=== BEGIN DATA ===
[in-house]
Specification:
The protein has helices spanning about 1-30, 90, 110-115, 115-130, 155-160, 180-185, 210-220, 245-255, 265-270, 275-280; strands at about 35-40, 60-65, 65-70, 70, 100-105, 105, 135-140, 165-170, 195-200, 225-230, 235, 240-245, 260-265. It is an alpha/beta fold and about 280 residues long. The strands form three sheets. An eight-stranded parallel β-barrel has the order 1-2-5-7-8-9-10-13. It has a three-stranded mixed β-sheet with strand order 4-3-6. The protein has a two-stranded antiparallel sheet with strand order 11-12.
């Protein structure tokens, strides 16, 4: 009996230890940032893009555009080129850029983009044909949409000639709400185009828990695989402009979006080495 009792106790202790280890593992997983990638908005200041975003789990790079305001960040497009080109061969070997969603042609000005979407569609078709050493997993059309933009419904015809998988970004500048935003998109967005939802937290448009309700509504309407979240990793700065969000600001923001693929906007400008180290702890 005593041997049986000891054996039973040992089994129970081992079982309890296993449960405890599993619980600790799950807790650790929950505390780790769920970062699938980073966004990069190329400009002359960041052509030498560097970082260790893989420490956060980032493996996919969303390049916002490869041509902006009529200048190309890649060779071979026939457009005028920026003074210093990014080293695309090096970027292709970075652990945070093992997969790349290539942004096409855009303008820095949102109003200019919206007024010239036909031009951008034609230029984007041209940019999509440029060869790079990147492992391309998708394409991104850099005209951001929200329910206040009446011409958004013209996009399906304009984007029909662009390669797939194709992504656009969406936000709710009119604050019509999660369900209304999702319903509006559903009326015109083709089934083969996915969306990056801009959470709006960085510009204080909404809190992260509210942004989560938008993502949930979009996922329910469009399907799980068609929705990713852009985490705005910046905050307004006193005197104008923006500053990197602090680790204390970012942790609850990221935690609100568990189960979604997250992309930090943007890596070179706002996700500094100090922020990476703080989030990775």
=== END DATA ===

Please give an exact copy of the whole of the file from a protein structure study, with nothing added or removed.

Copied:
[in-house]
Specification:
The protein has helices spanning about 1-30, 90, 110-115, 115-130, 155-160, 180-185, 210-220, 245-255, 265-270, 275-280; strands at about 35-40, 60-65, 65-70, 70, 100-105, 105, 135-140, 165-170, 195-200, 225-230, 235, 240-245, 260-265. It is an alpha/beta fold and about 280 residues long. The strands form three sheets. An eight-stranded parallel β-barrel has the order 1-2-5-7-8-9-10-13. It has a three-stranded mixed β-sheet with strand order 4-3-6. The protein has a two-stranded antiparallel sheet with strand order 11-12.
């Protein structure tokens, strides 16, 4: 009996230890940032893009555009080129850029983009044909949409000639709400185009828990695989402009979006080495 009792106790202790280890593992997983990638908005200041975003789990790079305001960040497009080109061969070997969603042609000005979407569609078709050493997993059309933009419904015809998988970004500048935003998109967005939802937290448009309700509504309407979240990793700065969000600001923001693929906007400008180290702890 005593041997049986000891054996039973040992089994129970081992079982309890296993449960405890599993619980600790799950807790650790929950505390780790769920970062699938980073966004990069190329400009002359960041052509030498560097970082260790893989420490956060980032493996996919969303390049916002490869041509902006009529200048190309890649060779071979026939457009005028920026003074210093990014080293695309090096970027292709970075652990945070093992997969790349290539942004096409855009303008820095949102109003200019919206007024010239036909031009951008034609230029984007041209940019999509440029060869790079990147492992391309998708394409991104850099005209951001929200329910206040009446011409958004013209996009399906304009984007029909662009390669797939194709992504656009969406936000709710009119604050019509999660369900209304999702319903509006559903009326015109083709089934083969996915969306990056801009959470709006960085510009204080909404809190992260509210942004989560938008993502949930979009996922329910469009399907799980068609929705990713852009985490705005910046905050307004006193005197104008923006500053990197602090680790204390970012942790609850990221935690609100568990189960979604997250992309930090943007890596070179706002996700500094100090922020990476703080989030990775």